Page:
A Little Slice of Heaven
Since early summer of last year, the Nintendo 3DS system's eShop has seen a robust lineup of interesting offerings, some good and some bad. We've seen great titles like Pushmo, Mighty Switch Force, and Mutant Mudds, for starters. A title that released in the first quarter of 2012 in North America, Sakura Samurai: Art of the Sword, has finally released in European territories, though renamed Hana Samurai: Art of the Sword, for whatever reason. Is the swordplay within the game a work of art or a disaster of a masterpiece?
The story of Sakura Samurai is very simple. You are the main titular character, Sakura Samurai, and you are taught the ways of the sword by a kappa creature. Your journey's objective is to scour the land in search of the kidnapped Princess Cherry Blossom. The quest will take you across plains, through bamboo forests, and into ancient Japanese castles.
The game features three main castles where Princess Cherry Blossom is supposed kept in. Between these three castles are various battlefields where Sakura Samurai will unsheathe his sword and fight. For every new battlefield cleared, your hero receives a Sakura fragment (it looks just like a rose petal). Collecting two fragments increases his health by one unit, so it's smart to try to complete all battlefields to have as much health as possible to tougher bouts.
|Welcome to Sakura Samurai's world.|
|Enemy strikes downward, dodge to the side.|
I particularly enjoy the timing and precision battles require. It keeps you on your toes immensely, and makes it so every battle is important. Some enemy types are easier to defeat than others, but there is no better feeling within the game than masterfully cutting through an armada of foes with perfect precision.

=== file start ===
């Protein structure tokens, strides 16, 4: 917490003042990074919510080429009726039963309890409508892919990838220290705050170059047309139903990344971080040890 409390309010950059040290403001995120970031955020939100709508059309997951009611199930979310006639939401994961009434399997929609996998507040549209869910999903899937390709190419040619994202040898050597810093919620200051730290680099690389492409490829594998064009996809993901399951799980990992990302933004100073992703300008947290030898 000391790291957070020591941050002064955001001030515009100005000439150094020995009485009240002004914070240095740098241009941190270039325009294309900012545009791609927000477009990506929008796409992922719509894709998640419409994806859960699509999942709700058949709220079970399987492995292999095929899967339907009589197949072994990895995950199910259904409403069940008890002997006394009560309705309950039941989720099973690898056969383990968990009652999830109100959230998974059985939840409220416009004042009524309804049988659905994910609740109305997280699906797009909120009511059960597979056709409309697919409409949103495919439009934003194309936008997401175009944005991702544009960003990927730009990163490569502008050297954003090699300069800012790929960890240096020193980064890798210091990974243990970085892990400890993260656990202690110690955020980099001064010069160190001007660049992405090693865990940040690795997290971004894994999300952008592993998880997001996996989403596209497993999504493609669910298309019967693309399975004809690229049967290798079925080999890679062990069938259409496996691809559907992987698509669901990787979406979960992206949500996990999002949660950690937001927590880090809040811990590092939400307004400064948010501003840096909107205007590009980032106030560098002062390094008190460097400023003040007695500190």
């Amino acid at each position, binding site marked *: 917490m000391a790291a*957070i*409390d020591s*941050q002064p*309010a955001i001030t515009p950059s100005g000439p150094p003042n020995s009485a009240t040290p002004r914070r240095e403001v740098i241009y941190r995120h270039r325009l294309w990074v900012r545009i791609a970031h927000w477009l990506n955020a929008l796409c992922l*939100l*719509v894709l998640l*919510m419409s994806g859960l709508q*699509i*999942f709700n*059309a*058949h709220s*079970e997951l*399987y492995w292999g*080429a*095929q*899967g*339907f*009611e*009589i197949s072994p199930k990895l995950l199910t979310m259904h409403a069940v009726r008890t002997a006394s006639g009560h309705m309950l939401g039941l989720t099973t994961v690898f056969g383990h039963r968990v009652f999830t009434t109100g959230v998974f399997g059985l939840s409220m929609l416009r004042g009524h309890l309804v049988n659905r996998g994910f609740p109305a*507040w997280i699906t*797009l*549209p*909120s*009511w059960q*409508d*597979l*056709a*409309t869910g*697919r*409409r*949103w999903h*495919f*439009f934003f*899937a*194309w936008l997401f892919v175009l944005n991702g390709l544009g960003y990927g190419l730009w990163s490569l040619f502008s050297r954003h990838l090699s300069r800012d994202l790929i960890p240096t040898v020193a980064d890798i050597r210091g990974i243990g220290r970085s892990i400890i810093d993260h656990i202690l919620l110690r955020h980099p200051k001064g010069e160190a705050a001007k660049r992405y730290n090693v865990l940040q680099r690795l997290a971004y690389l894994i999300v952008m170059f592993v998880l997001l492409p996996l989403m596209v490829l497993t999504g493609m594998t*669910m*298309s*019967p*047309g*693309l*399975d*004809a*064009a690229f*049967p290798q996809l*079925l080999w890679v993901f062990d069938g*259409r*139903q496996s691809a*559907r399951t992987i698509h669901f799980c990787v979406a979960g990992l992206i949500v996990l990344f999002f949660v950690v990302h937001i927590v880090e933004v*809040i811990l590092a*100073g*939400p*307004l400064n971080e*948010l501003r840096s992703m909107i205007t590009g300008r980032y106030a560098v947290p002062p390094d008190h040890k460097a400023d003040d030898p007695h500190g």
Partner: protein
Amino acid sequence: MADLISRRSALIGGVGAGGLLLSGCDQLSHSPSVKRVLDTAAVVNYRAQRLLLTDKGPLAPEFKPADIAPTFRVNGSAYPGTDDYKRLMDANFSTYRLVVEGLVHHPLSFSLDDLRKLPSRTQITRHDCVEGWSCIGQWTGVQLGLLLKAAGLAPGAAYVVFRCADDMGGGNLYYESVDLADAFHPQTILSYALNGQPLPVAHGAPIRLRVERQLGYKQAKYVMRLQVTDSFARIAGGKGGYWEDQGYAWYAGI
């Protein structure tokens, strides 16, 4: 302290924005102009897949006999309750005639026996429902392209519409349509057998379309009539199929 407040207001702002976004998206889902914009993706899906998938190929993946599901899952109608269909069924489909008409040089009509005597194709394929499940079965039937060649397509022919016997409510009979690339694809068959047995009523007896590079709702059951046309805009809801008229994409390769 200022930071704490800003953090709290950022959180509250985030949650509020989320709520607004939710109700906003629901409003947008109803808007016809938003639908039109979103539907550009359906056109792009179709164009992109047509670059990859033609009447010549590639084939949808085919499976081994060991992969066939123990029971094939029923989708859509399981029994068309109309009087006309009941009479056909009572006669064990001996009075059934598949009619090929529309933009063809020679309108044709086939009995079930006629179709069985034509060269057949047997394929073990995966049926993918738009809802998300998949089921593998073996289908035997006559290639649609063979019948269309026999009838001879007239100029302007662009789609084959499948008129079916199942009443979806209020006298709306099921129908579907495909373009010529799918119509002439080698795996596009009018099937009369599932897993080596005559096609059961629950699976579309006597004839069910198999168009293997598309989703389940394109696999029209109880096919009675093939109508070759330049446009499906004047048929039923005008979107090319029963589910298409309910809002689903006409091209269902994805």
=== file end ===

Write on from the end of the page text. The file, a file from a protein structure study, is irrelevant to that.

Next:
|These boss characters certainly mean business.|
|An example of one of the villages within the game.|
Street challenges change based on what village you are in, but these are the perfect places to earn lots of gold and prizes. You can bet as much gold as you have on you to go from rags to riches in an instant. (And since you can save your progress in the village, you can reset the game if you lose. It's a cheap tactic, but it works.) Such challenges require you to time your sword strikes to make a perfect slice right through the middle of thrown melons, to slash through falling objects, or to slash through sad and angry melons while avoiding slashing through happy melons, to name a few challenges.
Sakura Samurai is a nice looking game with colorful backgrounds, though at some times it can seem a bit subdued. Characters animate well and are designed nicely, and the backgrounds, while not tremendously detailed, have enough put into them that the game does not look cheaply made. Battles all run at a relatively steady framerate, something paramount for a game based on timing. The stereoscopic 3D of the Nintendo 3DS works wonderfully for this type of game. You get a real sense of depth to help dodge and evade attacks and get full feel of how far away enemies are. Moving to sound, the music is a subtle mix of ancient Japanese sounds, perfectly fitting for Sakura Samurai's setting. Overall, the presentation is very nice given the price and size of the game.
|Master the elegant art of the sword.|
[SuperPhillip Says: 8.5/10]